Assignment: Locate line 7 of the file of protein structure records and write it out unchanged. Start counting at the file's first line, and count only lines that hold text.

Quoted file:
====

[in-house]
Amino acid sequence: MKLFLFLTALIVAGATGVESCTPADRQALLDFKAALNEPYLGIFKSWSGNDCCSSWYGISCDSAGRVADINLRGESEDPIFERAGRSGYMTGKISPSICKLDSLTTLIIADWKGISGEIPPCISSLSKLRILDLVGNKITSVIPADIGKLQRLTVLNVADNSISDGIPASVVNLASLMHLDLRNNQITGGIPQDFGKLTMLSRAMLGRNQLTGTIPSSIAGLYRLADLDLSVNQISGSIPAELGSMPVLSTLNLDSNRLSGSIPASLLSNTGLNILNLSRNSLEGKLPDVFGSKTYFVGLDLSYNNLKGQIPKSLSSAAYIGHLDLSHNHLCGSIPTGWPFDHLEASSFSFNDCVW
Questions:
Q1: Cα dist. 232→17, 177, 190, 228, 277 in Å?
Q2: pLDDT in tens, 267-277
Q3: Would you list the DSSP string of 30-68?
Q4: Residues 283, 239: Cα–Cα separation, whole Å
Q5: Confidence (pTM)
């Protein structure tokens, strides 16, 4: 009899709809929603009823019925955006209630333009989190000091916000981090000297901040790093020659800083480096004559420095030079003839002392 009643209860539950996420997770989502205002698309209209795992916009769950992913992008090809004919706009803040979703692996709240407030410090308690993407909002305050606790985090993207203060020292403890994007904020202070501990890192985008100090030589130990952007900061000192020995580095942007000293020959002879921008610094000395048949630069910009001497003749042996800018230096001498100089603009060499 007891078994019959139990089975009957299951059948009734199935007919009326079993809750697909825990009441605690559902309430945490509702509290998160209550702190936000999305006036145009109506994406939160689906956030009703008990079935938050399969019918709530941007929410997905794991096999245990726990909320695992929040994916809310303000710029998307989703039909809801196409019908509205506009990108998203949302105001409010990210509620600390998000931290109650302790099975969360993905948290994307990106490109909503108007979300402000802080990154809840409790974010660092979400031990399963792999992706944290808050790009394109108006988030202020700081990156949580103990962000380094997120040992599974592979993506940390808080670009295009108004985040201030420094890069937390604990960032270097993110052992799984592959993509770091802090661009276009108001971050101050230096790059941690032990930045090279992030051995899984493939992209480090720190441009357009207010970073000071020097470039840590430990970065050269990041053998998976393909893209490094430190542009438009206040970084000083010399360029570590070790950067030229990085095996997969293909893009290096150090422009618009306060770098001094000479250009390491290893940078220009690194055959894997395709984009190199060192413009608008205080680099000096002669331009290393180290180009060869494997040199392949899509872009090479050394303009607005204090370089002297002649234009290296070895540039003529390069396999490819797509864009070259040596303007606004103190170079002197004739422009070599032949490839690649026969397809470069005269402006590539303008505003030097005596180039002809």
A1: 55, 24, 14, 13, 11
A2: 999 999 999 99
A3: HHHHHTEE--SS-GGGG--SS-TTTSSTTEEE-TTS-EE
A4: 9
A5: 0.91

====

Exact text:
Q4: Residues 283, 239: Cα–Cα separation, whole Å